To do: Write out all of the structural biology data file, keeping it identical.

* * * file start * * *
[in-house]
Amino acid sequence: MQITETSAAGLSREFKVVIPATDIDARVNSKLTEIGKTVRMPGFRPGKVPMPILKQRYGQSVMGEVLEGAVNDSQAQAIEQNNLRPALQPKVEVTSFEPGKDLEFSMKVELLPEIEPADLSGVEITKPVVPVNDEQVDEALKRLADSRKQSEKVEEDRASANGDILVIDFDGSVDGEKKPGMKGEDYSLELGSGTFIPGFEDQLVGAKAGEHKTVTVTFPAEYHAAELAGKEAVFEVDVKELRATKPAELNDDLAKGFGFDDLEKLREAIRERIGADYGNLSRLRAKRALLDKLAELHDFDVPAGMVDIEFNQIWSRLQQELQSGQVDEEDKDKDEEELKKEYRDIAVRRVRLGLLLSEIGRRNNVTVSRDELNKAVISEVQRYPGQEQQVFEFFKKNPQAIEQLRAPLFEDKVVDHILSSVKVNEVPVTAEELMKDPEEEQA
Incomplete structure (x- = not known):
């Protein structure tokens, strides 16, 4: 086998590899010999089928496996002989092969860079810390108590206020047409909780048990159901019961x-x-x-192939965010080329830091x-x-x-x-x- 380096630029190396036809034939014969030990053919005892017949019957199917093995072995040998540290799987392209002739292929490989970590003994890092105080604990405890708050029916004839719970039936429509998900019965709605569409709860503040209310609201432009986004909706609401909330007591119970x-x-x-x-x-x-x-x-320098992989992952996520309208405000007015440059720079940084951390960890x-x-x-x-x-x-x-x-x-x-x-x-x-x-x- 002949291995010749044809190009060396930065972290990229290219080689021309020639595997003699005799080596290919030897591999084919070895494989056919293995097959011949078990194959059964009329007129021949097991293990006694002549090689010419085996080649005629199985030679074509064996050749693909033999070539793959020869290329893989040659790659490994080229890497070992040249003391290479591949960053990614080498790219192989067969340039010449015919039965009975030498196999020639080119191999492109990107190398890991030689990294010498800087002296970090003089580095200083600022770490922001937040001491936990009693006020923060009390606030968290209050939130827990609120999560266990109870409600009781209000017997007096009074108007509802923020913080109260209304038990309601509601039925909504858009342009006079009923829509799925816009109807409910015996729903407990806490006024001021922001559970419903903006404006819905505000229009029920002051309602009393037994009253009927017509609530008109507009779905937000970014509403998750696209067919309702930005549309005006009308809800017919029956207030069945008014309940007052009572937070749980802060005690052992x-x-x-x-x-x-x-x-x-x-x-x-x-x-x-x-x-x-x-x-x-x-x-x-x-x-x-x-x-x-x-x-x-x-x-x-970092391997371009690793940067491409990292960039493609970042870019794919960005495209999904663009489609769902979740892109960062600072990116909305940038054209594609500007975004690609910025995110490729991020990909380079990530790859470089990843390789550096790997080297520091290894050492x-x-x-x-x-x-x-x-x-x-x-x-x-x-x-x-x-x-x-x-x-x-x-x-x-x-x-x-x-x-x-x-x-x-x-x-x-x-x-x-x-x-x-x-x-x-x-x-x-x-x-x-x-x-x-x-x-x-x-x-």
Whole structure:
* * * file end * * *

[in-house]
Amino acid sequence: MQITETSAAGLSREFKVVIPATDIDARVNSKLTEIGKTVRMPGFRPGKVPMPILKQRYGQSVMGEVLEGAVNDSQAQAIEQNNLRPALQPKVEVTSFEPGKDLEFSMKVELLPEIEPADLSGVEITKPVVPVNDEQVDEALKRLADSRKQSEKVEEDRASANGDILVIDFDGSVDGEKKPGMKGEDYSLELGSGTFIPGFEDQLVGAKAGEHKTVTVTFPAEYHAAELAGKEAVFEVDVKELRATKPAELNDDLAKGFGFDDLEKLREAIRERIGADYGNLSRLRAKRALLDKLAELHDFDVPAGMVDIEFNQIWSRLQQELQSGQVDEEDKDKDEEELKKEYRDIAVRRVRLGLLLSEIGRRNNVTVSRDELNKAVISEVQRYPGQEQQVFEFFKKNPQAIEQLRAPLFEDKVVDHILSSVKVNEVPVTAEELMKDPEEEQA
Incomplete structure (x- = not known):
């Protein structure tokens, strides 16, 4: 086998590899010999089928496996002989092969860079810390108590206020047409909780048990159901019961x-x-x-192939965010080329830091x-x-x-x-x- 380096630029190396036809034939014969030990053919005892017949019957199917093995072995040998540290799987392209002739292929490989970590003994890092105080604990405890708050029916004839719970039936429509998900019965709605569409709860503040209310609201432009986004909706609401909330007591119970x-x-x-x-x-x-x-x-320098992989992952996520309208405000007015440059720079940084951390960890x-x-x-x-x-x-x-x-x-x-x-x-x-x-x- 002949291995010749044809190009060396930065972290990229290219080689021309020639595997003699005799080596290919030897591999084919070895494989056919293995097959011949078990194959059964009329007129021949097991293990006694002549090689010419085996080649005629199985030679074509064996050749693909033999070539793959020869290329893989040659790659490994080229890497070992040249003391290479591949960053990614080498790219192989067969340039010449015919039965009975030498196999020639080119191999492109990107190398890991030689990294010498800087002296970090003089580095200083600022770490922001937040001491936990009693006020923060009390606030968290209050939130827990609120999560266990109870409600009781209000017997007096009074108007509802923020913080109260209304038990309601509601039925909504858009342009006079009923829509799925816009109807409910015996729903407990806490006024001021922001559970419903903006404006819905505000229009029920002051309602009393037994009253009927017509609530008109507009779905937000970014509403998750696209067919309702930005549309005006009308809800017919029956207030069945008014309940007052009572937070749980802060005690052992x-x-x-x-x-x-x-x-x-x-x-x-x-x-x-x-x-x-x-x-x-x-x-x-x-x-x-x-x-x-x-x-x-x-x-x-970092391997371009690793940067491409990292960039493609970042870019794919960005495209999904663009489609769902979740892109960062600072990116909305940038054209594609500007975004690609910025995110490729991020990909380079990530790859470089990843390789550096790997080297520091290894050492x-x-x-x-x-x-x-x-x-x-x-x-x-x-x-x-x-x-x-x-x-x-x-x-x-x-x-x-x-x-x-x-x-x-x-x-x-x-x-x-x-x-x-x-x-x-x-x-x-x-x-x-x-x-x-x-x-x-x-x-």
Whole structure: